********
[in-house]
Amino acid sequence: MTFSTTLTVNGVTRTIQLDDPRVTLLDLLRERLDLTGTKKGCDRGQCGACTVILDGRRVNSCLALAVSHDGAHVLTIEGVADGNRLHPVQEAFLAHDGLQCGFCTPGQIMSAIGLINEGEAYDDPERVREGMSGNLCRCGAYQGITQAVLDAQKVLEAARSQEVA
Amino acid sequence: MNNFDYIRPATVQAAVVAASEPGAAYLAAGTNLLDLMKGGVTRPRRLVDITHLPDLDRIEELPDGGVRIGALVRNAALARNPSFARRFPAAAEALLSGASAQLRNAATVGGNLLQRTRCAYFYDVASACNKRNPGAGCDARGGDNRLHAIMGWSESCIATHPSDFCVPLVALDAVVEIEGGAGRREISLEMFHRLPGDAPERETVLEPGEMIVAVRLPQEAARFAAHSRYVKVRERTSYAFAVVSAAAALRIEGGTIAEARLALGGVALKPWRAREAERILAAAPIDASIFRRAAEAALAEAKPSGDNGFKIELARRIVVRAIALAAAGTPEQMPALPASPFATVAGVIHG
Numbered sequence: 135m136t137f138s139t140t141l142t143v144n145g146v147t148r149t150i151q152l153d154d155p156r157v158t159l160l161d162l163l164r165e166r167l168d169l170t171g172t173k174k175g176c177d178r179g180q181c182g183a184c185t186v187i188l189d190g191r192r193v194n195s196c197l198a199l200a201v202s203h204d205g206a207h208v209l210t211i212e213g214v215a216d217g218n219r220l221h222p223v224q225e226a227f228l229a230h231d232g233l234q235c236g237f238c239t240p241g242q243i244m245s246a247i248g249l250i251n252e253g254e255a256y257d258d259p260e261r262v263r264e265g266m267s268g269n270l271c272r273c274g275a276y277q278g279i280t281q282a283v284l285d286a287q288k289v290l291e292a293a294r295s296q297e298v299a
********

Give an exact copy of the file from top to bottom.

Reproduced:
[in-house]
Amino acid sequence: MTFSTTLTVNGVTRTIQLDDPRVTLLDLLRERLDLTGTKKGCDRGQCGACTVILDGRRVNSCLALAVSHDGAHVLTIEGVADGNRLHPVQEAFLAHDGLQCGFCTPGQIMSAIGLINEGEAYDDPERVREGMSGNLCRCGAYQGITQAVLDAQKVLEAARSQEVA
Amino acid sequence: MNNFDYIRPATVQAAVVAASEPGAAYLAAGTNLLDLMKGGVTRPRRLVDITHLPDLDRIEELPDGGVRIGALVRNAALARNPSFARRFPAAAEALLSGASAQLRNAATVGGNLLQRTRCAYFYDVASACNKRNPGAGCDARGGDNRLHAIMGWSESCIATHPSDFCVPLVALDAVVEIEGGAGRREISLEMFHRLPGDAPERETVLEPGEMIVAVRLPQEAARFAAHSRYVKVRERTSYAFAVVSAAAALRIEGGTIAEARLALGGVALKPWRAREAERILAAAPIDASIFRRAAEAALAEAKPSGDNGFKIELARRIVVRAIALAAAGTPEQMPALPASPFATVAGVIHG
Numbered sequence: 135m136t137f138s139t140t141l142t143v144n145g146v147t148r149t150i151q152l153d154d155p156r157v158t159l160l161d162l163l164r165e166r167l168d169l170t171g172t173k174k175g176c177d178r179g180q181c182g183a184c185t186v187i188l189d190g191r192r193v194n195s196c197l198a199l200a201v202s203h204d205g206a207h208v209l210t211i212e213g214v215a216d217g218n219r220l221h222p223v224q225e226a227f228l229a230h231d232g233l234q235c236g237f238c239t240p241g242q243i244m245s246a247i248g249l250i251n252e253g254e255a256y257d258d259p260e261r262v263r264e265g266m267s268g269n270l271c272r273c274g275a276y277q278g279i280t281q282a283v284l285d286a287q288k289v290l291e292a293a294r295s296q297e298v299a